Answer: Advanced light water reactor technology, including that in so-called passively safe designs, is well demonstrated technically or can be most economically tested in non power reactor test facilities. Thus, the federal government's role should be to enable the private sector to implement that technology in the new Advanced Light Water Reactors under Section 12005 protected from the financial risks associated with changes in government policies and requirements.

Question: b. Why wouldn't this be attractive to a utility looking to build a mid-sized advanced light water reactor?

Answer: While I cannot speak for the utilities, I believe that the major risks associated with light water reactor technologies after the designs have been certified and a substantial portion of the First-Of-A-Kind Engineering has been completed will be related to external regulatory changes. Government participation directly in a project is not necessary since implementation of proven technology is more appropriately the role of the private sector.

Additionally, limited government funding would be better applied to enable development of advanced technologies which are promising in the longer term but are unlikely to receive near-term private funding due to the high technology risk early in their development. This support for research and development of advanced technologies has been a role which government has traditionally and successfully performed.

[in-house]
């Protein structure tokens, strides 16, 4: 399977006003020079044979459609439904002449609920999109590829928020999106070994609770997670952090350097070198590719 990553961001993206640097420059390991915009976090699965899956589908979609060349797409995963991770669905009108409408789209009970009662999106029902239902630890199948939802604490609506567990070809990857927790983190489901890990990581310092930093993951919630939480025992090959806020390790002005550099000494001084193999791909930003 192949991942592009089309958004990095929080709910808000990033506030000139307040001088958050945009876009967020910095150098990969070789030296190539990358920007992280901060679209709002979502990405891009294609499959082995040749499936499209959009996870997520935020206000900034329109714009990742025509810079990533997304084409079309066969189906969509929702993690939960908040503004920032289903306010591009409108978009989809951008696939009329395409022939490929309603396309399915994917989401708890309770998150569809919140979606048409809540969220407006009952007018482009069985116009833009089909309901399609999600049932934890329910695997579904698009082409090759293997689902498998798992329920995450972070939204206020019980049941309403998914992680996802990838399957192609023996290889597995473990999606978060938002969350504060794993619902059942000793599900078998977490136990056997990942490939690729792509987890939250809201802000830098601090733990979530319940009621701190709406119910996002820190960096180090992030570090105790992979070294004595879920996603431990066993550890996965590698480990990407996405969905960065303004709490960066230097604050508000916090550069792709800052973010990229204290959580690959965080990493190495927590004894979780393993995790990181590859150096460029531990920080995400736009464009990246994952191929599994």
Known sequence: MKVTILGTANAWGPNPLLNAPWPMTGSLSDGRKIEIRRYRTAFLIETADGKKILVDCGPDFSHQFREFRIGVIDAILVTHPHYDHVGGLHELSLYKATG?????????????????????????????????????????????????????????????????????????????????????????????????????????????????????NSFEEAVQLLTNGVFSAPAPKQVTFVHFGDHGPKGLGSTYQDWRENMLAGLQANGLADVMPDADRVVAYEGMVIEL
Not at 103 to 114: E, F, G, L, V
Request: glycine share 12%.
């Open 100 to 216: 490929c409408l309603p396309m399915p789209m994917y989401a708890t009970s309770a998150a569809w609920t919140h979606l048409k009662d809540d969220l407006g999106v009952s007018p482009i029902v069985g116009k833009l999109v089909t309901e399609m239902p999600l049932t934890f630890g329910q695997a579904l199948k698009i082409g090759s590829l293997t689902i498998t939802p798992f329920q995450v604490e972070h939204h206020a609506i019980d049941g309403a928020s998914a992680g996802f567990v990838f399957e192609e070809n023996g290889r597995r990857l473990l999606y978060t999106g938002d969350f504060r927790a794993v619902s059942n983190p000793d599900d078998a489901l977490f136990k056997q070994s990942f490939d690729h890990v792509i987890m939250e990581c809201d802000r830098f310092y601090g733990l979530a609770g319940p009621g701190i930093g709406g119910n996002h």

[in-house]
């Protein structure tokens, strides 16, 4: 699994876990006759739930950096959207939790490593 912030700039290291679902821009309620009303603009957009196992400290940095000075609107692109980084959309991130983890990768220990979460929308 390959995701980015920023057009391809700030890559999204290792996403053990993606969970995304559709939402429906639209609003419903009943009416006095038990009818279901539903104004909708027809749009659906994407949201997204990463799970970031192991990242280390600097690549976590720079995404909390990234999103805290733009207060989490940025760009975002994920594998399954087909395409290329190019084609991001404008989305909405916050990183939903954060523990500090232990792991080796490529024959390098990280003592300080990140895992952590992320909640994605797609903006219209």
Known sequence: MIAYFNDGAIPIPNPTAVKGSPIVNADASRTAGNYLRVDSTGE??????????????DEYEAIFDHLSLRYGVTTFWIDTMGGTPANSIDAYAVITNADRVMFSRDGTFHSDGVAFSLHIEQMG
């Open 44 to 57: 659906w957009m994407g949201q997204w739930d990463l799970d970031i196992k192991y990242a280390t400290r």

5. There is currently some disagreement on what constitutes a standardized design for purposes of receiving a design certification from the Nuclear Regulatory Commission. The disagreement, as I understand it, rests with how much design detail, thereby substantially delaying the date by which the NRC could certify a reactor design.

On February 15, 1991, the NRC announced its policy on the level of design detail.

Question: Does the NRC's policy adequately address the concerns of reactor vendors?

Answer: The Commission issued its guidance to the staff in the form of a Staff Requirements Memorandum (SRM) on February 15, 1991 pertaining to level of design detail and related Part 52 implementation issues. As I stated in my letter to Chairman Carr on February 28th, I believe that the Commission has charted a reasonable and balanced course, one that provides a sound basis for proceeding with the ALWR applications under review by the staff.

I went on to state that GE intends to work diligently with the Commission and its staff to complete the final design approval and design certification phases of the ABWR review. This will be a major step in demonstrating that the new regulatory regime which Part 52 articulates can lead to the predictable and stable regulatory process intended.

GE believes that the Commission guidance resolves the major issues leaving the details to be worked out with the staff. Based on our experience to date, these do not appear to be insurmountable.

6. Based upon what we know about NRC's policy and process for approval of certified designs -

Question: a. How soon can we expect the NRC to certify each of the advanced reactor designs now being developed?

Answer: GE is working diligently with the staff to establish realistic schedules for completing the final design approval (FDA) and design certification phases of the ABWR review. As a first step, GE proposed its plans and actions to complete all ABWR submittals this summer clearing the way for issuance of the FDA by the end of 1991. The design certification phase is estimated to be completed within 12 to 15 months of FDA issuance.

ABB-CE's System 80+ will likely be certified about 2 years after the ABWR. Both GE's SBWR and W AP-600 are scheduled for certification in 1995. These schedules depend greatly on the timely and consistent implementation of the abovementioned Commission certification course on the ABWR, which is the first plant being certified.